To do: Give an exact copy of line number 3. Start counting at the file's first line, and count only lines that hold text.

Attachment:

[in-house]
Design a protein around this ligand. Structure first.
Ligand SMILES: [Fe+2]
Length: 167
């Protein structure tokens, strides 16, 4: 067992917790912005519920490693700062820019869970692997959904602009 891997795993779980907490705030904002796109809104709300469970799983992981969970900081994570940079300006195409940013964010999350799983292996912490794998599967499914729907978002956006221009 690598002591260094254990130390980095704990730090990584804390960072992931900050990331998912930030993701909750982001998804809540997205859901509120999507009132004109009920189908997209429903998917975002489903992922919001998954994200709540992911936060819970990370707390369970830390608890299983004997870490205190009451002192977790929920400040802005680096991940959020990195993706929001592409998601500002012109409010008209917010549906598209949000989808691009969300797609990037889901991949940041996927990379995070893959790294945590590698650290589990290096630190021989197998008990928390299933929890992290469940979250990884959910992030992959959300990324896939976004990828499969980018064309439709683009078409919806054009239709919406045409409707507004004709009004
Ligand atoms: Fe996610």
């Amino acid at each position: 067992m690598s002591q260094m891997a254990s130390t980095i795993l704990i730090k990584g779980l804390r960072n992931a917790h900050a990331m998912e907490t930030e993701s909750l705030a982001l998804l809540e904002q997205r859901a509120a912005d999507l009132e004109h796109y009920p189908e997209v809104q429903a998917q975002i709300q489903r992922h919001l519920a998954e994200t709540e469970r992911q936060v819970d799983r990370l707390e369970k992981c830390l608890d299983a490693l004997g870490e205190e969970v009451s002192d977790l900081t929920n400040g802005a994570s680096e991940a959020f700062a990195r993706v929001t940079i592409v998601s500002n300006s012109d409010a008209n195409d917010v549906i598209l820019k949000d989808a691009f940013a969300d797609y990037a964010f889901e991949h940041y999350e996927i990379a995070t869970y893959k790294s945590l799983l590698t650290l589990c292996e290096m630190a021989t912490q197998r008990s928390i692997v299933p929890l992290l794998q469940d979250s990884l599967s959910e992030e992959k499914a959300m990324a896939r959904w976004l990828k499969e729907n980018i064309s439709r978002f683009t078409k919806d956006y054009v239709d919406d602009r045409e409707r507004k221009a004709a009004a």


Ligand SMILES: [Fe+2]